Foreign Funds Boost Korean Bond, Stock Holdings in September
Foreign funds increased holdings of South Korean local-currency bonds by the most in six months in September, lured by credit-rating upgrades, according to data from the financial regulator.
The value of debt held by offshore investors rose by 1.5 trillion won ($1.3 billion) to 88.3 trillion won, the Financial Supervisory Service said in an e-mailed statement today. Global funds bought 3.1 trillion won more local equities than they sold last month, according to the statement, following record net buying of 6.6 trillion won in August.
Standard & Poor’s raised South Korea’s ranking to its fifth-highest investment grade of A+ on Sept. 14, following upgrades by Moody’s Investors Service and Fitch Ratings in the previous three weeks. The prospect of lower borrowing costs also attracted inflows, with eight of nine economists surveyed by Bloomberg forecasting the Bank of Korea will cut its benchmark rate to 2.75 percent from 3 percent on Oct. 11.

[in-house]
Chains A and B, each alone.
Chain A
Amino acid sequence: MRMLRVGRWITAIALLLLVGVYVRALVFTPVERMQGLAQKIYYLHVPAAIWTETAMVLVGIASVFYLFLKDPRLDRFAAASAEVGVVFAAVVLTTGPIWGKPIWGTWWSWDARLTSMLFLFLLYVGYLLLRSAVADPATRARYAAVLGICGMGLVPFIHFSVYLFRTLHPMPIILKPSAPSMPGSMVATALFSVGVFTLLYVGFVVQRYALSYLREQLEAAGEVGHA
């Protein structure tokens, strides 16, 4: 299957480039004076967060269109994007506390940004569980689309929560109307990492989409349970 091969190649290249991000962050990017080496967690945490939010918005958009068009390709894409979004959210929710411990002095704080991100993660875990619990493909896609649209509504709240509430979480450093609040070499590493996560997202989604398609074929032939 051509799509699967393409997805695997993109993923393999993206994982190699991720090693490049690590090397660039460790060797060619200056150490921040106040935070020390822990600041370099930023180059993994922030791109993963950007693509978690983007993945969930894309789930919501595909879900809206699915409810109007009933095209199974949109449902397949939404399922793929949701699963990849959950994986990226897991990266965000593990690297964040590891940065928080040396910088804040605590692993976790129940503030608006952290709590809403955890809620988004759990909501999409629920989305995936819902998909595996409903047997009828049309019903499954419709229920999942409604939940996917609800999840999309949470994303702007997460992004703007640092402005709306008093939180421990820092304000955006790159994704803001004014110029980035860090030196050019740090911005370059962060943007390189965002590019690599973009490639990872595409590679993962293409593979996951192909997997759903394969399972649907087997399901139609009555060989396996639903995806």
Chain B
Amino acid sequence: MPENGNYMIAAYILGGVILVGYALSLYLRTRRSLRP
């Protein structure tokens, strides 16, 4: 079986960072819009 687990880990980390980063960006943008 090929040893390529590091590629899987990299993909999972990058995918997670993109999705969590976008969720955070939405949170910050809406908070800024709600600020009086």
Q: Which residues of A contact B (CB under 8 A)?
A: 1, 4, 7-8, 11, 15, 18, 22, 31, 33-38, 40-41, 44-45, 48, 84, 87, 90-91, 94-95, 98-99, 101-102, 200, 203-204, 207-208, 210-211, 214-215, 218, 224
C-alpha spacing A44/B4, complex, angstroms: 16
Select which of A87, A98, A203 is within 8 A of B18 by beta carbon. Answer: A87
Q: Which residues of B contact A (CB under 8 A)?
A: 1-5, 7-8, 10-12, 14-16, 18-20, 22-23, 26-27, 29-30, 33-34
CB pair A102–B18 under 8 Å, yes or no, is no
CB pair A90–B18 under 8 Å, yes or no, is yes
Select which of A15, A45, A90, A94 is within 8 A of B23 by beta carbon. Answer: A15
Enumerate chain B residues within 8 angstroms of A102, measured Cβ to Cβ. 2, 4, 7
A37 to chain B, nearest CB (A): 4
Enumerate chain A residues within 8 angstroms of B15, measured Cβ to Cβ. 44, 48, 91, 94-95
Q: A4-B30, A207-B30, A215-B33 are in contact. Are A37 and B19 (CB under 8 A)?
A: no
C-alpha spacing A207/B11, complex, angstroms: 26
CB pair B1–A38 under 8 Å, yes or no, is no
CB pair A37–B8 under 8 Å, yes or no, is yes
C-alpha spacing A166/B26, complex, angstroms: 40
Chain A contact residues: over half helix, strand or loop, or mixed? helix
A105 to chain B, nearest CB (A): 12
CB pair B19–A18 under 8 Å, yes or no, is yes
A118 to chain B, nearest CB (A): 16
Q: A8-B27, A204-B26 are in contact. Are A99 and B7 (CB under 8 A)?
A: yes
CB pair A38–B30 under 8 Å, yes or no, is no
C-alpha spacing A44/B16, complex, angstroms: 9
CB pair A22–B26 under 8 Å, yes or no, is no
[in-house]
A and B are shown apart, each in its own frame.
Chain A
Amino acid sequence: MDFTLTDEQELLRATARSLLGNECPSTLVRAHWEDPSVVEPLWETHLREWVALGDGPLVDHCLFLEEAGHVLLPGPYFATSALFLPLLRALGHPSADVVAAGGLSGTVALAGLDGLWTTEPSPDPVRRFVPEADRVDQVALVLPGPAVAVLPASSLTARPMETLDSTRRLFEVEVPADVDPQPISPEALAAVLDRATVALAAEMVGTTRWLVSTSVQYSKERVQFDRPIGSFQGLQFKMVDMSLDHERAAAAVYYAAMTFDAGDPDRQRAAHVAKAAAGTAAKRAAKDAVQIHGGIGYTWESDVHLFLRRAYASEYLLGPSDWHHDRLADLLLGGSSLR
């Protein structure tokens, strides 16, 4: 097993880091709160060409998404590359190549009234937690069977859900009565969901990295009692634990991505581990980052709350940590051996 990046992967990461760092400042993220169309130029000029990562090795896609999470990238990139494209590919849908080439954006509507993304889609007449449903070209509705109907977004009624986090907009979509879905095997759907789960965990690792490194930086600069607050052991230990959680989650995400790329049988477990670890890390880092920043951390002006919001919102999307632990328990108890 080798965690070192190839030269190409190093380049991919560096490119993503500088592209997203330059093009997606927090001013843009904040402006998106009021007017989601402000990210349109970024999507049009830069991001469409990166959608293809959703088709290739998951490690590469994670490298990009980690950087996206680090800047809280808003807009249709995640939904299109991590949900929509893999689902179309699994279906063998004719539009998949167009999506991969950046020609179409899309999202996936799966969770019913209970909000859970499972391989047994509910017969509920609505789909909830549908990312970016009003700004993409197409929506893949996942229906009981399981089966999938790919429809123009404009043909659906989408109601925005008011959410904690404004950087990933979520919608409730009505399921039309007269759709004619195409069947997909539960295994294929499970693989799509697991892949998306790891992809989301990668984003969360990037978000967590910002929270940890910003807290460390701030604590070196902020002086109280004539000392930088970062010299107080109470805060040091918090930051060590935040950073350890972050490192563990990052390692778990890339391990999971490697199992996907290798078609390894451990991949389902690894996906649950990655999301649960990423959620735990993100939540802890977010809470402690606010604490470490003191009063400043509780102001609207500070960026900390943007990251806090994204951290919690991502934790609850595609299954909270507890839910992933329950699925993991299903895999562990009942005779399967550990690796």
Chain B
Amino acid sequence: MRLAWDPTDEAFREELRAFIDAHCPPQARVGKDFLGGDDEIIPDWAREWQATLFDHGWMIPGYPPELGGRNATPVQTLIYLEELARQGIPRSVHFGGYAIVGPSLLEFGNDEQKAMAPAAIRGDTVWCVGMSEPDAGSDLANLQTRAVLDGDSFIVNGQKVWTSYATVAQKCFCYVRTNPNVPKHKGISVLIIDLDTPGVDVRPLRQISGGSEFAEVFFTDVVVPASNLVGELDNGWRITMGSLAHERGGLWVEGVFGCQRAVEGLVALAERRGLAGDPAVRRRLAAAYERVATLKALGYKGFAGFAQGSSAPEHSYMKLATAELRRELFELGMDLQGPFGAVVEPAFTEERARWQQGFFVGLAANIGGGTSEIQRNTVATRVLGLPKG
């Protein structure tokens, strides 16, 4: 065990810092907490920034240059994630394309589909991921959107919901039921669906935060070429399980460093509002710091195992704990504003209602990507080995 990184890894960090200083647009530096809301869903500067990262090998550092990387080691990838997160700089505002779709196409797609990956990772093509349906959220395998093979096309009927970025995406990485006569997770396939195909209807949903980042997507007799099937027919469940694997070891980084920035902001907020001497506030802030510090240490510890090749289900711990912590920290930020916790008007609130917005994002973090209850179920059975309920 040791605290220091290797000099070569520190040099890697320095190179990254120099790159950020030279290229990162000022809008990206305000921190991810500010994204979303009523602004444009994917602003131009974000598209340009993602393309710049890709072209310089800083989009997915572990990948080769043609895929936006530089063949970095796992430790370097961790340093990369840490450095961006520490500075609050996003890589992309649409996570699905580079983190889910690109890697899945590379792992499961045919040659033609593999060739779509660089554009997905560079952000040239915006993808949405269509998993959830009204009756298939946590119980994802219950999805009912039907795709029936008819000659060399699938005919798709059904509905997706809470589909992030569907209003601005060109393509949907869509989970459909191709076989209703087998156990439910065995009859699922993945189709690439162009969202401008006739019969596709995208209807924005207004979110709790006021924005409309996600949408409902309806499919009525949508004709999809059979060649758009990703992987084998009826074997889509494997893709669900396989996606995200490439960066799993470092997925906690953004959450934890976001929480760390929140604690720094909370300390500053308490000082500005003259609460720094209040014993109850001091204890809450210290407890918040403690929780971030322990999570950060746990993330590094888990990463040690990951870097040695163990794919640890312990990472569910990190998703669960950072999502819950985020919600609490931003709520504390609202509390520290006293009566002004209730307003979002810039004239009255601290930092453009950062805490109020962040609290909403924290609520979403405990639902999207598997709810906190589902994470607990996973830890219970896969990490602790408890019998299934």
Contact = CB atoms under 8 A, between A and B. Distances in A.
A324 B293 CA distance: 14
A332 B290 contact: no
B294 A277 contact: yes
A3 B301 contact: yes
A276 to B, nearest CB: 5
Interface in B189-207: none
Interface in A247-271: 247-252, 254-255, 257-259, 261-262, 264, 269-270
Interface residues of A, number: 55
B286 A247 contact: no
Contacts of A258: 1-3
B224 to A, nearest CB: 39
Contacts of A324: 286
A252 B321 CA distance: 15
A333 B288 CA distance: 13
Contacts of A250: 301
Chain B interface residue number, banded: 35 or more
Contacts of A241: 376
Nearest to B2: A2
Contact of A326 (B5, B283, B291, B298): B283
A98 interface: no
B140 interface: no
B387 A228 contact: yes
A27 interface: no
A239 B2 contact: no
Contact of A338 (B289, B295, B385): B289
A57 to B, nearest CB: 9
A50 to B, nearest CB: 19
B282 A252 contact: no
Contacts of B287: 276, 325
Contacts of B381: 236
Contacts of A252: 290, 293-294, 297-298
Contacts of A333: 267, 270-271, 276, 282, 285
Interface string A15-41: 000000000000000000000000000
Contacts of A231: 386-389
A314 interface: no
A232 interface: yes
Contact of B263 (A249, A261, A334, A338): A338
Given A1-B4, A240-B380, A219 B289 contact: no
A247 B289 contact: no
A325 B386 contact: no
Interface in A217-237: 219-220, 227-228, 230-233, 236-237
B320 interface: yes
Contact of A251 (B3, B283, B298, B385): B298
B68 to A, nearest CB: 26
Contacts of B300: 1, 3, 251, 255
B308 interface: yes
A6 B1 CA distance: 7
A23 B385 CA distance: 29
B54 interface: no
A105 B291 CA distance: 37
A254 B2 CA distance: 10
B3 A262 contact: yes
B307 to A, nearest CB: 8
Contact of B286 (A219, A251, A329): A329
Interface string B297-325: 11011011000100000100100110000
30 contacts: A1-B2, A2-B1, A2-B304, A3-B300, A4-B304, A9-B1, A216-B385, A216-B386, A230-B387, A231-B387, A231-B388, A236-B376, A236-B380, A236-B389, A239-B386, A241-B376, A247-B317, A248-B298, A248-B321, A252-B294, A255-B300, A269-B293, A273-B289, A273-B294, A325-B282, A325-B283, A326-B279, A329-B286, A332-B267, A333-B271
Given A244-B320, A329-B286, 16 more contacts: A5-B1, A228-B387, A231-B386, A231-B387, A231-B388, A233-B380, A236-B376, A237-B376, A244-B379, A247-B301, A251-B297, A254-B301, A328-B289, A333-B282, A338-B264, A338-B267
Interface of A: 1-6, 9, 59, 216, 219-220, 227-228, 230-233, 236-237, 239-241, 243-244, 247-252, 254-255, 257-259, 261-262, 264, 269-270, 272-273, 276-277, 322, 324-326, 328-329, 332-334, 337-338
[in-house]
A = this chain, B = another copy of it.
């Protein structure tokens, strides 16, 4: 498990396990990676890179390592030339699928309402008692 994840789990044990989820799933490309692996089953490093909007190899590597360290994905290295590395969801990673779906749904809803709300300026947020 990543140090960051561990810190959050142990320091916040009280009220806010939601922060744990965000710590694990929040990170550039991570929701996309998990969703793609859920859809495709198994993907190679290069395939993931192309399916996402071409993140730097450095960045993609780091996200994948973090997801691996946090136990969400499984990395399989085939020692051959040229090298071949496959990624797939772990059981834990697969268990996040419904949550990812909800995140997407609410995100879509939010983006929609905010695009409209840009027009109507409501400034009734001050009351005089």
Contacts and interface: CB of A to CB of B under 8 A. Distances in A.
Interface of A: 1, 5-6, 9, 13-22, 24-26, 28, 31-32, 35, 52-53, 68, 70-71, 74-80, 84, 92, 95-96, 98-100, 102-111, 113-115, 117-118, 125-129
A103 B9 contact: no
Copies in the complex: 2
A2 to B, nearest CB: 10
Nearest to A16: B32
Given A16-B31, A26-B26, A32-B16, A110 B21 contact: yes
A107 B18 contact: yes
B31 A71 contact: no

French funds were the biggest net investors in won- denominated debt, increasing their holdings by 643 billion won. Investors from the U.S. were the second-largest, adding 296 billion won, followed by those from Norway. Thai funds were the top sellers, followed by the U.K. and Malaysia, according to the financial watchdog.
Foreign ownership of local shares rose to 406 trillion won at the end of last month, according to the statement. That’s equivalent to 31.8 percent of shares listed on the Korean stock exchange. Funds based in the U.K. were the top buyers, with net purchases amounting to 1.2 trillion won, followed by France and the U.S., the statement showed. Investors from the Netherlands were the biggest sellers, ahead of those in Canada and Kuwait.
The yield on the government’s benchmark three-year bonds climbed three basis points, or 0.03 percentage point, in September to 2.79 percent, after declining in each of the previous five months, according to data compiled by Bloomberg. The Kospi index of stocks rallied 4.8 percent, the most since January. The won appreciated 2.1 percent to 1,111.38 per dollar, the biggest gain in four months, data compiled by Bloomberg show.
-- Editors: Andrew Janes, Amit Prakash
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